You kids today have it so easy. Back in the old days, using technology like digital cameras and photo editing programs was difficult. My first book on digital photography came out around 1998 and was filled with page after page of arcane troubleshooting tips, like how to get your camera connected to a PC's serial port (this was before USB) and how to get your software to read TIFF files. But whether you're just starting out and looking for tips or you're a veteran who has been reading this column for years, I bet there are still some things about photo files you don't know.
This week, I've put together a primer on everything you ever wanted to know about photo files--megapixels, megabytes, dpi, and more. This is sure to help you better understand digital photography.
It All Starts With a Question
Digital photo jargon can be perplexing, especially when so many terms sound so similar. I frequently get questions from people who confuse megapixel and megabyte, for example. And this recent question, from reader Sue Scott of Phoenix, Arizona, addresses one of the most confusing issues of all: How on earth do you interpret the "dpi" value associated with your photos?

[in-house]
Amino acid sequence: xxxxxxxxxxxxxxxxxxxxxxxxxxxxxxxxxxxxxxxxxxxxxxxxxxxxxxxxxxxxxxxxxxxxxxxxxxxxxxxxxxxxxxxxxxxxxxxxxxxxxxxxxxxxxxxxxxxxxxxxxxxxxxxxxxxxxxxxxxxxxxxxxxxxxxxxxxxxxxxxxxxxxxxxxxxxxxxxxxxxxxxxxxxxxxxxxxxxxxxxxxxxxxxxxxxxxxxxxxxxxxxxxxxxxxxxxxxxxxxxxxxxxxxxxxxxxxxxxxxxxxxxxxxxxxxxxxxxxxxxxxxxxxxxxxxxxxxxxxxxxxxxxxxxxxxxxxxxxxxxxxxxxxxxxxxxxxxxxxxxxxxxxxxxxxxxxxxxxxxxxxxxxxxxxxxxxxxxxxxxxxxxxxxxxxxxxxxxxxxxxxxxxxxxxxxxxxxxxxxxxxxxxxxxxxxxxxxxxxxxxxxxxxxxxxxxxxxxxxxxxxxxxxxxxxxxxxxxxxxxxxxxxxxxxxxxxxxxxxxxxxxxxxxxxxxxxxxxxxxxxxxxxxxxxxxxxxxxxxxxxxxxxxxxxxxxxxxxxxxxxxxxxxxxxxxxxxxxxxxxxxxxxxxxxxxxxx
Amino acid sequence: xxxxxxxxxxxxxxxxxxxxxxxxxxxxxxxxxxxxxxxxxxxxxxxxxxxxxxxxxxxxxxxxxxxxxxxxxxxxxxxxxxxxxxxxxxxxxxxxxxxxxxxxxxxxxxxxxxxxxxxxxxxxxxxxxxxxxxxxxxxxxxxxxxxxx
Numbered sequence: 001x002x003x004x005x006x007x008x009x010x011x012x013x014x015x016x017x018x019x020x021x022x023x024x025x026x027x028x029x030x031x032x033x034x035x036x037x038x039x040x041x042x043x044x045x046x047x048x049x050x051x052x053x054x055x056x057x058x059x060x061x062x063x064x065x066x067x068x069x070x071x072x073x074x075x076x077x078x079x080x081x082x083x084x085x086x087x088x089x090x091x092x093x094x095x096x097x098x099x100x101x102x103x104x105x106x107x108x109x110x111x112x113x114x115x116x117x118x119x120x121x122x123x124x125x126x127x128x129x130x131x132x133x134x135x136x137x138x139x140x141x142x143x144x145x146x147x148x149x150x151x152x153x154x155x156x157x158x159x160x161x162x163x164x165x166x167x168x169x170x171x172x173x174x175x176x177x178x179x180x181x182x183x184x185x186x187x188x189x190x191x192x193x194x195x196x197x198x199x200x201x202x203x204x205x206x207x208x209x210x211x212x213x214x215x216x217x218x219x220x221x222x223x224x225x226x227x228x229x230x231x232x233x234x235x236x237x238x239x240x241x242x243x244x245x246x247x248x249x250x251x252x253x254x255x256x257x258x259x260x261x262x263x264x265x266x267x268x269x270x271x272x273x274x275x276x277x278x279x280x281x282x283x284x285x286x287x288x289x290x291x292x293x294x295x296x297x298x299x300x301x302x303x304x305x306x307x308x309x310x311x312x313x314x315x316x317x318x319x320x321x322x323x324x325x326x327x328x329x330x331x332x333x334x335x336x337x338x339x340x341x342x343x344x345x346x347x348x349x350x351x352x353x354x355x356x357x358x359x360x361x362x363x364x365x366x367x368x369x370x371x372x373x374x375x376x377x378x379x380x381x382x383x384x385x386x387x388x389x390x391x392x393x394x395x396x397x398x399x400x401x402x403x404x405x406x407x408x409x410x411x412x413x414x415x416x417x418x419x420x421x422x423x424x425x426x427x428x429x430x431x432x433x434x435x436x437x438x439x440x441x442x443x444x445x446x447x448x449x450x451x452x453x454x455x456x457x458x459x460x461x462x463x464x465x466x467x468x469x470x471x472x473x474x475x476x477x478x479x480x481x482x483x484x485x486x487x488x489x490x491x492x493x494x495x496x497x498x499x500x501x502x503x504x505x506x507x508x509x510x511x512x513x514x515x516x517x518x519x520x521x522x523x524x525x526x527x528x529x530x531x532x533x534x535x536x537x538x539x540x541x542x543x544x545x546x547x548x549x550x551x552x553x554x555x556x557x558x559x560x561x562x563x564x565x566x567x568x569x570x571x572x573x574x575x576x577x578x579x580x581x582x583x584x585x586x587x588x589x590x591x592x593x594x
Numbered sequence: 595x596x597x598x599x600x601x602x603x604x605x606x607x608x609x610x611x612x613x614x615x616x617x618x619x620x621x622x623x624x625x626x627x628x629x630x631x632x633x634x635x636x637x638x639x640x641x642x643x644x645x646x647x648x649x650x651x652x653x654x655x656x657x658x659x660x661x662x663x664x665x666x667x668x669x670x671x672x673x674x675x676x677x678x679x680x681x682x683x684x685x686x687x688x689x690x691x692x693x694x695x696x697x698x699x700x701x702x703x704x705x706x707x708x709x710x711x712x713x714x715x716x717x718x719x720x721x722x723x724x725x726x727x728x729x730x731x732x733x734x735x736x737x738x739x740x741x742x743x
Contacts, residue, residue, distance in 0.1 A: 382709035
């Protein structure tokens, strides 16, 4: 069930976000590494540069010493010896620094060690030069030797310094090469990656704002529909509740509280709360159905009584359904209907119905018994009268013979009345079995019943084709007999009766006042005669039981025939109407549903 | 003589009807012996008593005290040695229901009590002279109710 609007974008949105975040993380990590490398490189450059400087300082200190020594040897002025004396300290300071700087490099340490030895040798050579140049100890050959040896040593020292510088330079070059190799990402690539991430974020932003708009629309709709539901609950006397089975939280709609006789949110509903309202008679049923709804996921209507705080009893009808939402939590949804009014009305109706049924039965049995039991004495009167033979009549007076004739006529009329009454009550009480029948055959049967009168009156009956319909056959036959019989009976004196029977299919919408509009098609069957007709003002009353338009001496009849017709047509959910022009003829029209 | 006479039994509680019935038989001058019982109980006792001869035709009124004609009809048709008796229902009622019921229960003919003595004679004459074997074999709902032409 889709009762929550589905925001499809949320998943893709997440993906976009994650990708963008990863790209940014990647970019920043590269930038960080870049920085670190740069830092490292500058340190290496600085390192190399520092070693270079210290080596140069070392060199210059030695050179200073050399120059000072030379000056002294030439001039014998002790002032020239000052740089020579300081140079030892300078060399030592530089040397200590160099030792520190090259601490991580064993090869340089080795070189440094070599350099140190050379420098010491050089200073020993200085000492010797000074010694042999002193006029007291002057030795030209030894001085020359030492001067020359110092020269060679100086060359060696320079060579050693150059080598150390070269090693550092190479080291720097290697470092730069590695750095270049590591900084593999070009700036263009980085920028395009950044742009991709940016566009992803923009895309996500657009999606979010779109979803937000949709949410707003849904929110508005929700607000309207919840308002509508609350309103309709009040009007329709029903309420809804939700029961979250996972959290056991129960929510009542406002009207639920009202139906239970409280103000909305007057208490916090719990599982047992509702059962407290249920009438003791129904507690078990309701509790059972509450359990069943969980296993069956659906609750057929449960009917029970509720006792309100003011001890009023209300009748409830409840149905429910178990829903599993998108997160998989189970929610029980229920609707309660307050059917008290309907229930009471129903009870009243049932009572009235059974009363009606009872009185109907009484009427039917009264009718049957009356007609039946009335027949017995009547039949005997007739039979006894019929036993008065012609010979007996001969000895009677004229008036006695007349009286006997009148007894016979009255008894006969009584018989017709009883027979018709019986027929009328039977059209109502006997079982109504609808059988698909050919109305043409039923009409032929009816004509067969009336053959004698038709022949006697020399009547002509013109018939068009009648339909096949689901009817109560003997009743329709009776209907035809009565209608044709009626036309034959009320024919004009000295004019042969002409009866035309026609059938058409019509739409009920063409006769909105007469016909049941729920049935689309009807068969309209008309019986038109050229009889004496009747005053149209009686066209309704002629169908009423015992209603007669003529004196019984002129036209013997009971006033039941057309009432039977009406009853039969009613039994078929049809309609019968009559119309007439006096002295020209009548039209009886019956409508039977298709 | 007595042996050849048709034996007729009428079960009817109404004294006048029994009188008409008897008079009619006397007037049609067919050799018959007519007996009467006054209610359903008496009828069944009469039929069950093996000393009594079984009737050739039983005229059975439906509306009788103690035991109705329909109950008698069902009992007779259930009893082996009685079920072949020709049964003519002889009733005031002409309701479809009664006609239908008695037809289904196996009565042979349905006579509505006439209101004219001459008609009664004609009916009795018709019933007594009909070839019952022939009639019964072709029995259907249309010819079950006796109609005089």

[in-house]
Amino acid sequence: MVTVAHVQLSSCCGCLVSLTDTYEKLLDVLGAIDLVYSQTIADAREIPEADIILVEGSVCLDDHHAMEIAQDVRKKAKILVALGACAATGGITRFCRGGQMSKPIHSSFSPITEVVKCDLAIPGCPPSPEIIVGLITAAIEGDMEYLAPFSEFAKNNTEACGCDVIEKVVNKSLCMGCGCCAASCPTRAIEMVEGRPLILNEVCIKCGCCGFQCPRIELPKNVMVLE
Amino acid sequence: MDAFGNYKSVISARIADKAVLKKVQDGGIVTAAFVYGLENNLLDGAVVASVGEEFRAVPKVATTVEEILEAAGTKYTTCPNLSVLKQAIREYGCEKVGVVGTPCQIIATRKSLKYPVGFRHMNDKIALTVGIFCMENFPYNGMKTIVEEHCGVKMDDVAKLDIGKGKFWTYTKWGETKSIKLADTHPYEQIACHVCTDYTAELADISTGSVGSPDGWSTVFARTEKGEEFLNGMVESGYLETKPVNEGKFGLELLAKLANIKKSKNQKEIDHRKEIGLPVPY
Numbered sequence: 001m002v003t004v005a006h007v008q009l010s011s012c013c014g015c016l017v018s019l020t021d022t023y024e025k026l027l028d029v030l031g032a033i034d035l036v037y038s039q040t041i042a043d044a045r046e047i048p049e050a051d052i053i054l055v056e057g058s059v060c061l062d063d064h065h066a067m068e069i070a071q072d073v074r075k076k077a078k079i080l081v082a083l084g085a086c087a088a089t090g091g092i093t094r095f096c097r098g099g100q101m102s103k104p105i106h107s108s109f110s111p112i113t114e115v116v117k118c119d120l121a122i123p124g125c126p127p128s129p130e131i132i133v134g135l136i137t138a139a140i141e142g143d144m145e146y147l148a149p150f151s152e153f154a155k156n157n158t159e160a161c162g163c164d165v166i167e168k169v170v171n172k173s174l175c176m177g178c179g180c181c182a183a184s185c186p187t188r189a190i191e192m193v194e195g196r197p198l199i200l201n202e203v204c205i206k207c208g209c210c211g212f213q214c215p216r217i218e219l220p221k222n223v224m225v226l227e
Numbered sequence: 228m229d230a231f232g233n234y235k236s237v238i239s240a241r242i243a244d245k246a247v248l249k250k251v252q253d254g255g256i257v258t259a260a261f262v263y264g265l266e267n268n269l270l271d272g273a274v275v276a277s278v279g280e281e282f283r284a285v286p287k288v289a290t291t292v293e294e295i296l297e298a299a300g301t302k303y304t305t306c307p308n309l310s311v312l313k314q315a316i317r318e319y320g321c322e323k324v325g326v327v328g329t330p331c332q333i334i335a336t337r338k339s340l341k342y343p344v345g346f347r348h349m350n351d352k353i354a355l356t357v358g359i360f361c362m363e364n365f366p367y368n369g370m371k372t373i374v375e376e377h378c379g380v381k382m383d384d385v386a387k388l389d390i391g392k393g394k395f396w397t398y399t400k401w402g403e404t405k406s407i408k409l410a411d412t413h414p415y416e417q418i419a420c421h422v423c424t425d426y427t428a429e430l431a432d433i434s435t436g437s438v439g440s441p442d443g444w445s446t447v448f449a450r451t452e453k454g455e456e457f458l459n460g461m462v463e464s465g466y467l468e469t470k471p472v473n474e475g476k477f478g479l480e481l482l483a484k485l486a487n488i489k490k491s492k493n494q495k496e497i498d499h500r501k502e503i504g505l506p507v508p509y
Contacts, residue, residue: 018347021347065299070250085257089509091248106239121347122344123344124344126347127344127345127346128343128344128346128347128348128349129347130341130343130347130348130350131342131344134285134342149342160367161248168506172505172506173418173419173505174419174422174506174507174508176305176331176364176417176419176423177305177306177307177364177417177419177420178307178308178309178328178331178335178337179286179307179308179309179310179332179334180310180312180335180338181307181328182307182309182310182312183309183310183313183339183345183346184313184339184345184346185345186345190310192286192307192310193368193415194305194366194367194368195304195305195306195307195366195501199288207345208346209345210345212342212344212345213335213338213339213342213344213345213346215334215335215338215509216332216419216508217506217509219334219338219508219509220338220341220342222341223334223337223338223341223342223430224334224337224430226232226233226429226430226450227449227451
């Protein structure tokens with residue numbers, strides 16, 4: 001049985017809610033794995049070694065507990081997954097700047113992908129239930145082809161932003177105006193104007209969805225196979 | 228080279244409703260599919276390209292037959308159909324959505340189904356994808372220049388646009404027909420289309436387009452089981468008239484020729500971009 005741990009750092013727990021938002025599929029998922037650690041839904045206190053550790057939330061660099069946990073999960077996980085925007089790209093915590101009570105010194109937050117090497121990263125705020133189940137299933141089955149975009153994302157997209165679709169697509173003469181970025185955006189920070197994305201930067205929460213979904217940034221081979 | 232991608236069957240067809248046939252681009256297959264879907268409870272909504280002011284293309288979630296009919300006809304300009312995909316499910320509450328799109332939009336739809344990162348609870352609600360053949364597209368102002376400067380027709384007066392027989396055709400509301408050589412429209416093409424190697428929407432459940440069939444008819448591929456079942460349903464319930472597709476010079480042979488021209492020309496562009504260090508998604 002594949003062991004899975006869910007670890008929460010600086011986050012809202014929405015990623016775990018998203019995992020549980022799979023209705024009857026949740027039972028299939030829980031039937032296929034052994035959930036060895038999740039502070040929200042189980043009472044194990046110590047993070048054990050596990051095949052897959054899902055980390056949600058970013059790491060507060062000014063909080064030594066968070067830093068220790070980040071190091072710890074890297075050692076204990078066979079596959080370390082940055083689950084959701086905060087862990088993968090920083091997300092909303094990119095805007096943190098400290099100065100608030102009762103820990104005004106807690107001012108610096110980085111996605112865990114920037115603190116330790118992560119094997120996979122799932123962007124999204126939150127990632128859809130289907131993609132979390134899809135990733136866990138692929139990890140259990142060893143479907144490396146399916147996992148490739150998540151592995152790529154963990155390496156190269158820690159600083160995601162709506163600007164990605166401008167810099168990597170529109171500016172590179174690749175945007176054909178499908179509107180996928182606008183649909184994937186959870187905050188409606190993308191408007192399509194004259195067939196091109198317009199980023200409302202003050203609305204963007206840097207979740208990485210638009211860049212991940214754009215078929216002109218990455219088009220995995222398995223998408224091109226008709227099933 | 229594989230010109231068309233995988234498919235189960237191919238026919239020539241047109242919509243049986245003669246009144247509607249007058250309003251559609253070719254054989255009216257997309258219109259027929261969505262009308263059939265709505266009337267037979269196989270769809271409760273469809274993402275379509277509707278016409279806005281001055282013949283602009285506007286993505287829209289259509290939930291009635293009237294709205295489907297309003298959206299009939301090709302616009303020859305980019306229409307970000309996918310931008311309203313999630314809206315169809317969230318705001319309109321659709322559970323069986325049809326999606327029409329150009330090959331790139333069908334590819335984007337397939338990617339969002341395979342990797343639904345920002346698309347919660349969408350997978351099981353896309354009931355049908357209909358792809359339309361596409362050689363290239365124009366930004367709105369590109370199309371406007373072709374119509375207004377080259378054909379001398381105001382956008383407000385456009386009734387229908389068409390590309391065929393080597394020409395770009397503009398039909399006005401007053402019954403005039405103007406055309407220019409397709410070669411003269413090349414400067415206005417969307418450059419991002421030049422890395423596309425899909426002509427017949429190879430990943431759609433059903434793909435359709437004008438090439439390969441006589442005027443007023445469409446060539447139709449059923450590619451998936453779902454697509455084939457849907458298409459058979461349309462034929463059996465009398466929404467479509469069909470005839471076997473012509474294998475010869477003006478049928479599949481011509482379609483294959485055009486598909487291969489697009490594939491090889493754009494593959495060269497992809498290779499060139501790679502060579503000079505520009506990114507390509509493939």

Sue's question: "When I e-mail a photo that's 300 dpi, it gets changed to 72 dpi. Why does it do that? How do I send it so it maintains its resolution?"
Let's Start with Megapixels (How Big)
First the good news: Sue is facing a false dilemma, and things aren't nearly as bad as they seem. But to explain why that's the case, I need to take you on a journey through some fascinating trivia about digital photography related to the size of digital photos. Ready to go?
Cameras are most often characterized by the term megapixel, or how many millions of pixels their sensors can pack into a photo. A 10-megapixel camera takes pictures with 10 million pixels. For example, my Nikon D200 shoots photos that are 3872 pixels wide by 2592 pixels high. Multiply those two numbers together and you get 10 million pixels.
So megapixels defines the size of the photo a camera can take, as measured by how many pixels it contains.
Next Up: Megabytes (How Heavy)
It's also important to be able to measure a photo by its file size, or the number of megabytes it takes up on your memory card or hard disk. I like to think of this as how "heavy" a file is, as if you were weighing it on a scale.
Megapixels and file size have virtually no relation to each other. A 10-megapixel photo might "weigh" less than a megabyte on your hard drive. Or it might "weigh" as much as 6 megabytes. The file size depends on several factors, including the number of megapixels, the file format you're using (such as JPEG or RAW), and the amount of file compression used to save the photo, which is sometimes referred to as the quality setting.
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